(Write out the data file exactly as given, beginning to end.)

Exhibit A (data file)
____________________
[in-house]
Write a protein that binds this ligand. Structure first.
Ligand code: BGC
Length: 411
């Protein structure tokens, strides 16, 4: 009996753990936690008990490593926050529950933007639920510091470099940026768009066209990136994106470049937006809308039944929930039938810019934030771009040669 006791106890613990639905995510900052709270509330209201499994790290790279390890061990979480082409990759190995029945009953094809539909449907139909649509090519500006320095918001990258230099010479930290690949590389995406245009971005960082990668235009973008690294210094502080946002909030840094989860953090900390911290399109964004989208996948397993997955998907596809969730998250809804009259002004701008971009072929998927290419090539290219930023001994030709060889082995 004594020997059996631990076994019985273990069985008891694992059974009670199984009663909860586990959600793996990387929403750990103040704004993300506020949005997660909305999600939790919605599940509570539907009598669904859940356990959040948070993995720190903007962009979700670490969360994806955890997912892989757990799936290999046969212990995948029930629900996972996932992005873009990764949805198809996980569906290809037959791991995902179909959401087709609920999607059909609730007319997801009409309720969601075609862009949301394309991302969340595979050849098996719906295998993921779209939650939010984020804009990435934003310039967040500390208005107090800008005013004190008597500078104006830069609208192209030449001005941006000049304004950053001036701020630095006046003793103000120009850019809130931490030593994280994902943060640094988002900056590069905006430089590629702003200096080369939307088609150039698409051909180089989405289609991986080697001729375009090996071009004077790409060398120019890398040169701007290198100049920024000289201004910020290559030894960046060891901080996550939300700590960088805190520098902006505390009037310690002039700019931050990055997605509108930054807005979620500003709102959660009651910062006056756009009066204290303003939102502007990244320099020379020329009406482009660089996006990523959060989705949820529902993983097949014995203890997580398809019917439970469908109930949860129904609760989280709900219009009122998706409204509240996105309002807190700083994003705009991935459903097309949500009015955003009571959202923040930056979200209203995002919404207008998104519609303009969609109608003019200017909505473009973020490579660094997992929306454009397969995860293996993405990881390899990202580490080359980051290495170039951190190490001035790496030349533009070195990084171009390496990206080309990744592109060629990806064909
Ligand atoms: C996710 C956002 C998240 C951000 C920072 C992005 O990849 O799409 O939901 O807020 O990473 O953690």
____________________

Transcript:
[in-house]
Write a protein that binds this ligand. Structure first.
Ligand code: BGC
Length: 411
């Protein structure tokens, strides 16, 4: 009996753990936690008990490593926050529950933007639920510091470099940026768009066209990136994106470049937006809308039944929930039938810019934030771009040669 006791106890613990639905995510900052709270509330209201499994790290790279390890061990979480082409990759190995029945009953094809539909449907139909649509090519500006320095918001990258230099010479930290690949590389995406245009971005960082990668235009973008690294210094502080946002909030840094989860953090900390911290399109964004989208996948397993997955998907596809969730998250809804009259002004701008971009072929998927290419090539290219930023001994030709060889082995 004594020997059996631990076994019985273990069985008891694992059974009670199984009663909860586990959600793996990387929403750990103040704004993300506020949005997660909305999600939790919605599940509570539907009598669904859940356990959040948070993995720190903007962009979700670490969360994806955890997912892989757990799936290999046969212990995948029930629900996972996932992005873009990764949805198809996980569906290809037959791991995902179909959401087709609920999607059909609730007319997801009409309720969601075609862009949301394309991302969340595979050849098996719906295998993921779209939650939010984020804009990435934003310039967040500390208005107090800008005013004190008597500078104006830069609208192209030449001005941006000049304004950053001036701020630095006046003793103000120009850019809130931490030593994280994902943060640094988002900056590069905006430089590629702003200096080369939307088609150039698409051909180089989405289609991986080697001729375009090996071009004077790409060398120019890398040169701007290198100049920024000289201004910020290559030894960046060891901080996550939300700590960088805190520098902006505390009037310690002039700019931050990055997605509108930054807005979620500003709102959660009651910062006056756009009066204290303003939102502007990244320099020379020329009406482009660089996006990523959060989705949820529902993983097949014995203890997580398809019917439970469908109930949860129904609760989280709900219009009122998706409204509240996105309002807190700083994003705009991935459903097309949500009015955003009571959202923040930056979200209203995002919404207008998104519609303009969609109608003019200017909505473009973020490579660094997992929306454009397969995860293996993405990881390899990202580490080359980051290495170039951190190490001035790496030349533009070195990084171009390496990206080309990744592109060629990806064909
Ligand atoms: C996710 C956002 C998240 C951000 C920072 C992005 O990849 O799409 O939901 O807020 O990473 O953690």